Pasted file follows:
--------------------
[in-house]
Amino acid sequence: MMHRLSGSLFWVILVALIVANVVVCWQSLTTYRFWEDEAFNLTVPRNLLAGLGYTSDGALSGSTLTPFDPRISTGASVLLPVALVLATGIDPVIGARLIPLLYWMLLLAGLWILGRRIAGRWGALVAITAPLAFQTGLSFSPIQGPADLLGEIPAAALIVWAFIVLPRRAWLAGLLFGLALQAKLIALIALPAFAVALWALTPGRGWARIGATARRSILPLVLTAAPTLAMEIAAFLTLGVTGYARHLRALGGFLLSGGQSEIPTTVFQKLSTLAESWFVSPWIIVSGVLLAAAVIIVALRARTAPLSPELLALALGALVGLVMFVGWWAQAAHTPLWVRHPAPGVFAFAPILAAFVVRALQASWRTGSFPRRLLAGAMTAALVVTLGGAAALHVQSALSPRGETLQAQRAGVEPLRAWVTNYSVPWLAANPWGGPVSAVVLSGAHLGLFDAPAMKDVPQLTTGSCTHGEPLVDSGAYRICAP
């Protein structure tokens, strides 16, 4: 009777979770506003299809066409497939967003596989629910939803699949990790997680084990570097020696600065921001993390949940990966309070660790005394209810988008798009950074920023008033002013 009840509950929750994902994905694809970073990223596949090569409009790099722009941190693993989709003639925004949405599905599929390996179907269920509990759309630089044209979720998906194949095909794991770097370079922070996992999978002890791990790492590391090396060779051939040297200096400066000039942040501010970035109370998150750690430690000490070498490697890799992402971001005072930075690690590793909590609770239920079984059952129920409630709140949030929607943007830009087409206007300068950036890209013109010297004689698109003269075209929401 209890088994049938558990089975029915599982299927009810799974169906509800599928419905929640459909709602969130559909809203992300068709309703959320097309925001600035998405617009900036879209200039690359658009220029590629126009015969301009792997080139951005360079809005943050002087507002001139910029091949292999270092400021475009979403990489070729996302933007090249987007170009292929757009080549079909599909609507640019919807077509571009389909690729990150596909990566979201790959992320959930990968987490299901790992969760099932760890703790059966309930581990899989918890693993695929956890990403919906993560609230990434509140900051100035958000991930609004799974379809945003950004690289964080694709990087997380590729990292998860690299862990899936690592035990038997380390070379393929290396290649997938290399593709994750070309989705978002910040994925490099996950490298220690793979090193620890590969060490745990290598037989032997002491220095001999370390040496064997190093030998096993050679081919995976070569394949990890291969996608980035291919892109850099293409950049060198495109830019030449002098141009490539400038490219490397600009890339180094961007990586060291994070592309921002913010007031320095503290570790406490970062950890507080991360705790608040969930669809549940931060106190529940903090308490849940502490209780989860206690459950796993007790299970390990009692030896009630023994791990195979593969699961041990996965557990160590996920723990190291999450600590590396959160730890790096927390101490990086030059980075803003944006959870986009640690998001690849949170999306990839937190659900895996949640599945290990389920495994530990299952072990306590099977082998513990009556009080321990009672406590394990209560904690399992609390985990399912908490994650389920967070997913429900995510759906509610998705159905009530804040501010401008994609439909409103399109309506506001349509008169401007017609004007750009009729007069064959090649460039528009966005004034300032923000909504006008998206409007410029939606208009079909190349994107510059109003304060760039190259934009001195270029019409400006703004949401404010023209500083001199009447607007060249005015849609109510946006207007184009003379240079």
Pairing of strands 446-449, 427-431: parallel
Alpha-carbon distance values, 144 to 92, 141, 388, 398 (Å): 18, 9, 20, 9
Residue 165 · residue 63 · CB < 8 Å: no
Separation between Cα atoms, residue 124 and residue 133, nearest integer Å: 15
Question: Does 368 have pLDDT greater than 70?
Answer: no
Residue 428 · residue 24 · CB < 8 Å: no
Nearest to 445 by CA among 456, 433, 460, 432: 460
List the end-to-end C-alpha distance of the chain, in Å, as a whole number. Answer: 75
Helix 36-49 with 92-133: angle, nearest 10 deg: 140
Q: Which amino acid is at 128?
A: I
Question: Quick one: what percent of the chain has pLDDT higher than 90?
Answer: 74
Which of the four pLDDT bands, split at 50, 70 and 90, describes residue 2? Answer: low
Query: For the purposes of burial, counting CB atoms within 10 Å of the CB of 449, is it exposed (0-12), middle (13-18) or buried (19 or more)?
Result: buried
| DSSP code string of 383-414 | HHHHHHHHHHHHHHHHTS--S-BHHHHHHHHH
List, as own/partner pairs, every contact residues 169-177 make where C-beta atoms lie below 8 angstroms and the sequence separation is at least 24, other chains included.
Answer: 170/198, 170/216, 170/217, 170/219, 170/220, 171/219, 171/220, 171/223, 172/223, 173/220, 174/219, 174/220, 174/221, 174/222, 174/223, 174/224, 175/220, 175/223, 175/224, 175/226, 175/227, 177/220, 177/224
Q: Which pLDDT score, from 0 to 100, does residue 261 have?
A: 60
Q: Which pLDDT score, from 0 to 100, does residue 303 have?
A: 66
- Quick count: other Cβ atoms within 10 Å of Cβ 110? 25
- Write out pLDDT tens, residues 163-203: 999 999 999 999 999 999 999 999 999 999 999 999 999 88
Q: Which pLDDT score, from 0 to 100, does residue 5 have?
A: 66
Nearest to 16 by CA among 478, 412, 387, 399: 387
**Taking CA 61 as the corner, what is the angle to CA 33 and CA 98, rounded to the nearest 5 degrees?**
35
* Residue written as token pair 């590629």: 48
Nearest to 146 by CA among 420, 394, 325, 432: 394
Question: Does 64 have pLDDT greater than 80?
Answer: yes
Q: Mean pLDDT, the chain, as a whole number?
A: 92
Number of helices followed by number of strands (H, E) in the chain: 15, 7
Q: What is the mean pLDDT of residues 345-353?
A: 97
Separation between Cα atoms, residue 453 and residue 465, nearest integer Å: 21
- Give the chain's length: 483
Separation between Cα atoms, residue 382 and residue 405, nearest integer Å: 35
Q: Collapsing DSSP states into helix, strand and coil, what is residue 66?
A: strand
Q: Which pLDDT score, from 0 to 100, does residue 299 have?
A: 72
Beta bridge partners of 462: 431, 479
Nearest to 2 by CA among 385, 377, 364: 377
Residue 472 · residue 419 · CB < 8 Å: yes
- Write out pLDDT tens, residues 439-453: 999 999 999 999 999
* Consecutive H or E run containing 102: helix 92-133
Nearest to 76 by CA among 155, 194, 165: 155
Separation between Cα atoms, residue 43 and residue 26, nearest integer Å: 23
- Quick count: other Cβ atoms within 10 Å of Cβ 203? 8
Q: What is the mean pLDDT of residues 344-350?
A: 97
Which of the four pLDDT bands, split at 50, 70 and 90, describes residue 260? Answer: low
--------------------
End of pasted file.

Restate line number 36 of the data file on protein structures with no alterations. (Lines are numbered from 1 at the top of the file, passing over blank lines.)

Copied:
Nearest to 146 by CA among 420, 394, 325, 432: 394